Pound for pound – or should I say organ for organ? – Breathe is the bravest Indian show of 2018. It is another cat-and-mouse cop-versus-criminal thriller, yes, but beneath its flashy hit-and-miss exterior is a profoundly twisted moral universe that forces us to reconsider the very concept of crime. Some might understandably dismiss the strange plot as a front for 'torture porn,' but I was consistently intrigued by the simple emotional core of a tragically complex situation. The protagonist is a father faced with the ethical predicament of having to systematically eliminate organ donors, without actively "killing" them, in order to bump his dying child up the receivers' list. The antagonist is a grieving cop who decides to seek his own closure by hunting down this unlikely murderer. Between hero and villain lies the viewer crippled with guilt for being unable to distinguish between the two. Casting someone like R. Madhavan so brutally against type is what transforms this occasionally contrived chase into an exciting collision of parental fates. Amit Sadh's track of a troubled policeman with a loyal sidekick is similar to that of Sartaj Singh and Katekar; his brooding gait turns him into the perverse reflection of the everyman serial killer he is after. The season finale is a copout, but it has to be mentioned that Alokananda Dasgupta's haunting string-heavy score – one that is audibly a tonal companion to her music in Sacred Games – lends Breathe a shock that defibrillates its body into showing a "pulse" that transcends some awkward world-building.
The makers of Inside Edge seem to be operating at the other end of the Indian web spectrum as compared to, say, a Sacred Games. Their vision is in your face and loud, and they aim for accessibility over subtlety. But unlike an ALTBalaji with similar aspirations, they have located a balance that doesn't completely sacrifice art at the altar of digital commerce and keyword entertainment. Their writing is carefully calibrated, in that it trusts the psychology of its characters over the elaborations of a plot. As a result, the superbly cast Mirzapur – a middle-Indian gangster-legacy drama that arguably boasts of the two most riveting performances of 2018 – is a study in long-form world-building. It is both "binge-worthy" and clever, and doesn't shy away from the bouts of gory/bold indulgence that have plagued this genre of filmmaking over the last decade. In contrast to the movies, though, the nine-episode show has the time and bandwidth to shape its edgy faces, outline its narrative core and coax out individual moments from a talented ensemble. It isn't surprising that the purists – especially those who swear by its Netflix competitor – are the ones to have dismissed this show as a cheap Gangs of Wasseypur rip-off. That, in my opinion, is perhaps a sign of Mirzapur's unusual but inevitable triumph: a show that unabashedly highlights the "telling" in storytelling, and the "making" in filmmaking.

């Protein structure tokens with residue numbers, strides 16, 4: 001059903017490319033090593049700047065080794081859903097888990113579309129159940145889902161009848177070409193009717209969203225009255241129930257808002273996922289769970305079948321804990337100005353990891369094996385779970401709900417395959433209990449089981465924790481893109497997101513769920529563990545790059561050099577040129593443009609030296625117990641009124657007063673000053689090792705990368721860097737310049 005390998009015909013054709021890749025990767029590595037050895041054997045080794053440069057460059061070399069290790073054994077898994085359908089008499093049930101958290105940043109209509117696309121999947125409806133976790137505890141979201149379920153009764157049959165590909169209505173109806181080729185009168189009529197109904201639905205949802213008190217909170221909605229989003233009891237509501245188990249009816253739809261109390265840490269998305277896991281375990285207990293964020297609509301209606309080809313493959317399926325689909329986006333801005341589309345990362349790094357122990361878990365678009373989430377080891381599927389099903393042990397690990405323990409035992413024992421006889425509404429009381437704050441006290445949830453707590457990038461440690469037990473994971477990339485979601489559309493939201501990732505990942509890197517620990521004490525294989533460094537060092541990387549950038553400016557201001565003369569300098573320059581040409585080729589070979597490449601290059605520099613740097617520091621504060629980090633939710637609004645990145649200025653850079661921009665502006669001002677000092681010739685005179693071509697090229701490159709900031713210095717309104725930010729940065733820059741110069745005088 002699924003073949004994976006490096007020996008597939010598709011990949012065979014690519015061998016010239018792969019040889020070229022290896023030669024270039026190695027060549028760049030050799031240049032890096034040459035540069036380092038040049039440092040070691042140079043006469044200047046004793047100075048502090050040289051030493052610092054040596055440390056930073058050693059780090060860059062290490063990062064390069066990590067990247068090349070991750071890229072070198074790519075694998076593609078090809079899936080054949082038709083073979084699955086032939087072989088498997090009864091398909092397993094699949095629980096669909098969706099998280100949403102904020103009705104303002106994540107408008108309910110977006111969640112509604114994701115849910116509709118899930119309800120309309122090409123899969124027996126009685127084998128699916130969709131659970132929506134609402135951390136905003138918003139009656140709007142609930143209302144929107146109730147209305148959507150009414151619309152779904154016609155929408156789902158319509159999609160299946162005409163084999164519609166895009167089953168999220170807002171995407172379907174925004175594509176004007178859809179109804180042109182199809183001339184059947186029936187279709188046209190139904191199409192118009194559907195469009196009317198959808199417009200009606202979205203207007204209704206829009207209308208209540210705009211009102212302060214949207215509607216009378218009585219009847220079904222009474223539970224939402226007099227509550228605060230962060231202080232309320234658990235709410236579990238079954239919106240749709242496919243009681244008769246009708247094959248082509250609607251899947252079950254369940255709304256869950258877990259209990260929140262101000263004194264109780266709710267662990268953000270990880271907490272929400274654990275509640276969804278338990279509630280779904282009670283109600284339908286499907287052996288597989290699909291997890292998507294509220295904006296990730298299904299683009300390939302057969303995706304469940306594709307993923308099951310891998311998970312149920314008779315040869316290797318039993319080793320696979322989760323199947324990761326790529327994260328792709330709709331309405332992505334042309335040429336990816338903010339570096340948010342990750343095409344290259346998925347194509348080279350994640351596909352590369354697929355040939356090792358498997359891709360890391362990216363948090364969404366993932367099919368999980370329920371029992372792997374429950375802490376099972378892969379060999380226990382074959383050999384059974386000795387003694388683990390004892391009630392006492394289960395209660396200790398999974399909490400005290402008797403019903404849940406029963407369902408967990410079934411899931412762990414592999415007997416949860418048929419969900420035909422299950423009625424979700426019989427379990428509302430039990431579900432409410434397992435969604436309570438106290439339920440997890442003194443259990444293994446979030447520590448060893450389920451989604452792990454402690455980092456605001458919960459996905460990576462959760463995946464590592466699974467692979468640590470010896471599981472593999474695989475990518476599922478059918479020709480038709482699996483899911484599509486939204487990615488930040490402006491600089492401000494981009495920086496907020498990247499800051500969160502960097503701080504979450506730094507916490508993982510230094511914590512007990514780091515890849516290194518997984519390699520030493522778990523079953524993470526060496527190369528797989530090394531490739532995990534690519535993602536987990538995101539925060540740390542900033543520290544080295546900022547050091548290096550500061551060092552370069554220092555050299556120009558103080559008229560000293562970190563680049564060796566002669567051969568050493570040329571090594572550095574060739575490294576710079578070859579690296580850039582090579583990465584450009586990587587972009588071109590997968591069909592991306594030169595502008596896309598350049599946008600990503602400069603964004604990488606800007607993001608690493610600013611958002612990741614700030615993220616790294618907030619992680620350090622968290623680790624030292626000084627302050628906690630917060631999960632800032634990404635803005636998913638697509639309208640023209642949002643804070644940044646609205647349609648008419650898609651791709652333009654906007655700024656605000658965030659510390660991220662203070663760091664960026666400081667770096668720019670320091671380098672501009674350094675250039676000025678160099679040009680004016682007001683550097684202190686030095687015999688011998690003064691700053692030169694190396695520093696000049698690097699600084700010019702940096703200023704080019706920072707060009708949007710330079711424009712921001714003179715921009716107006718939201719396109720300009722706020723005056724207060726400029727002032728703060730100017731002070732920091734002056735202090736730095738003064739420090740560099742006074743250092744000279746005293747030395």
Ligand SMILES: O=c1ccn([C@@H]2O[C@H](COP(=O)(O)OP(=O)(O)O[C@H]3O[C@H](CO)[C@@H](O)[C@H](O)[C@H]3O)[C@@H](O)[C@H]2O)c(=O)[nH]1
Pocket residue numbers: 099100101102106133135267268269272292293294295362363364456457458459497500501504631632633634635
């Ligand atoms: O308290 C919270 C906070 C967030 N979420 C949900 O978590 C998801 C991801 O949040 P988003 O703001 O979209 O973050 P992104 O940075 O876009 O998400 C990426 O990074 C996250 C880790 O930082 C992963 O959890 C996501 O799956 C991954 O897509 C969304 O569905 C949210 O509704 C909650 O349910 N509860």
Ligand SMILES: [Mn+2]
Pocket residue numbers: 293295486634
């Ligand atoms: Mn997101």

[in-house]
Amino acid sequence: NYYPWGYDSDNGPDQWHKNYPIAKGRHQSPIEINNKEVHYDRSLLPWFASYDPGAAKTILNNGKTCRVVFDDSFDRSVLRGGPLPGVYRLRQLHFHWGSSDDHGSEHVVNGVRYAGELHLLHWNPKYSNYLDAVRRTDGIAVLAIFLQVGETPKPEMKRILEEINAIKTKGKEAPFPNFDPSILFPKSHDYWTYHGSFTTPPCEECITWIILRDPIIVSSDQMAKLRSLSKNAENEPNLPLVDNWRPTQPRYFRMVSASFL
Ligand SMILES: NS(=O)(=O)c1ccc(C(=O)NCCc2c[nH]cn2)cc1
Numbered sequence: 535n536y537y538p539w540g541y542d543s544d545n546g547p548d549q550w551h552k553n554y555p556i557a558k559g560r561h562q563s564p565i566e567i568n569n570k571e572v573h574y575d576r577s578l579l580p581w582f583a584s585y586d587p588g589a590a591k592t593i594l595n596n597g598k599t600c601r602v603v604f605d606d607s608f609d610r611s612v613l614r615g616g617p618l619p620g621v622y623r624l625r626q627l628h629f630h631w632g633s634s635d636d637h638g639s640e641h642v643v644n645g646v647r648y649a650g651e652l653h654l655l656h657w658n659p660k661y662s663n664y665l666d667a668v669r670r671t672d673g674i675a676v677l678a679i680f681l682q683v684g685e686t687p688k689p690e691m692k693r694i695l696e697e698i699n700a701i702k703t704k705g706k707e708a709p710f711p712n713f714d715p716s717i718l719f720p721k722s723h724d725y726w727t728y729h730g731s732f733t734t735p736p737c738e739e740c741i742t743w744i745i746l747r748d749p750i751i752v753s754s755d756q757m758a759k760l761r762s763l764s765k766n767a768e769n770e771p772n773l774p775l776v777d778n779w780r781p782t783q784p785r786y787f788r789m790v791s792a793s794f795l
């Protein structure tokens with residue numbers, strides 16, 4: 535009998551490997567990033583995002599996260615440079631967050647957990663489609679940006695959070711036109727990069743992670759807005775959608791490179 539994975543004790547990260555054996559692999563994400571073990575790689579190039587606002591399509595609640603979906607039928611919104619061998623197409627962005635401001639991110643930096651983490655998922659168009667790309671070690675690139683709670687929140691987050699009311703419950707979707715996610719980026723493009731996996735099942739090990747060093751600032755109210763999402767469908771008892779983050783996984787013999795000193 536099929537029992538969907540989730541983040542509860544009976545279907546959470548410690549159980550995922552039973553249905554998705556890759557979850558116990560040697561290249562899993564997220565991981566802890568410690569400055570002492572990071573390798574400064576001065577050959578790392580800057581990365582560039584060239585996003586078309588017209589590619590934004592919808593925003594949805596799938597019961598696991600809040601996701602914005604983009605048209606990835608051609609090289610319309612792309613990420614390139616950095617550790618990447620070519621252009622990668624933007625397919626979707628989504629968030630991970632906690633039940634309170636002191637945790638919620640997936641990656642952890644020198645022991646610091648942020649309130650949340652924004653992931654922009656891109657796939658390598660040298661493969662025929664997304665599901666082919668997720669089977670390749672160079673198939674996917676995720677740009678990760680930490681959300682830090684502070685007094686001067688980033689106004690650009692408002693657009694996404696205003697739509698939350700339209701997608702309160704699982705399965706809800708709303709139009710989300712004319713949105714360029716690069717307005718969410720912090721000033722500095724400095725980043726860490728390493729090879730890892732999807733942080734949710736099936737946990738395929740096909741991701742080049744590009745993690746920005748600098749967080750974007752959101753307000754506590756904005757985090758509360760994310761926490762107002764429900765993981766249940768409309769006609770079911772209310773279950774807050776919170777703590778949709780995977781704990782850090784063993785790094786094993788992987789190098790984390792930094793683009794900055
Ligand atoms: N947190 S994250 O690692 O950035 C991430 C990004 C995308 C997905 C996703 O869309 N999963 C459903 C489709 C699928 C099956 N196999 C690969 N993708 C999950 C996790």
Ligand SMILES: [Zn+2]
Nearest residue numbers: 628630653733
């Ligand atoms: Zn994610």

Read the full review here
I haven't always sworn by Dice Media's "snackable" content-generation formula, but there was a lot of growing up visible in the second season of Little Things – by both, creators and characters. Mithila Palkar and Dhruv Sehgal became online sensations with the first season, which briefly examined the cross-cultural oddities that beset a young unmarried couple living together in a big city. The only problem might have been the way ahead. Unlike most modern-day romances, this one already began with a sense of familiarity and lived-in companionship, as opposed to the heady intoxication of cinematic love. This time around, however, the skit-like novelty is replaced by a larger conflict of long-term compatibility. The emotional narrative exudes a reluctant adultness – like a bittersweet Before Midnight to the series' inherent Before Sunset-ness. Little debates turn into big blow-ups, and small voices turn into full-throated screams – a portrait of marriage-like truth that jolts an unsuspecting millennial fan-base out of their smart-screen reverie. I will never forget how uneasy an ugly hotel spat made me feel. Before this, I never quite expected them to understand the meaning of confronting their fears. In that lies a coming-of-age show's necessary victory.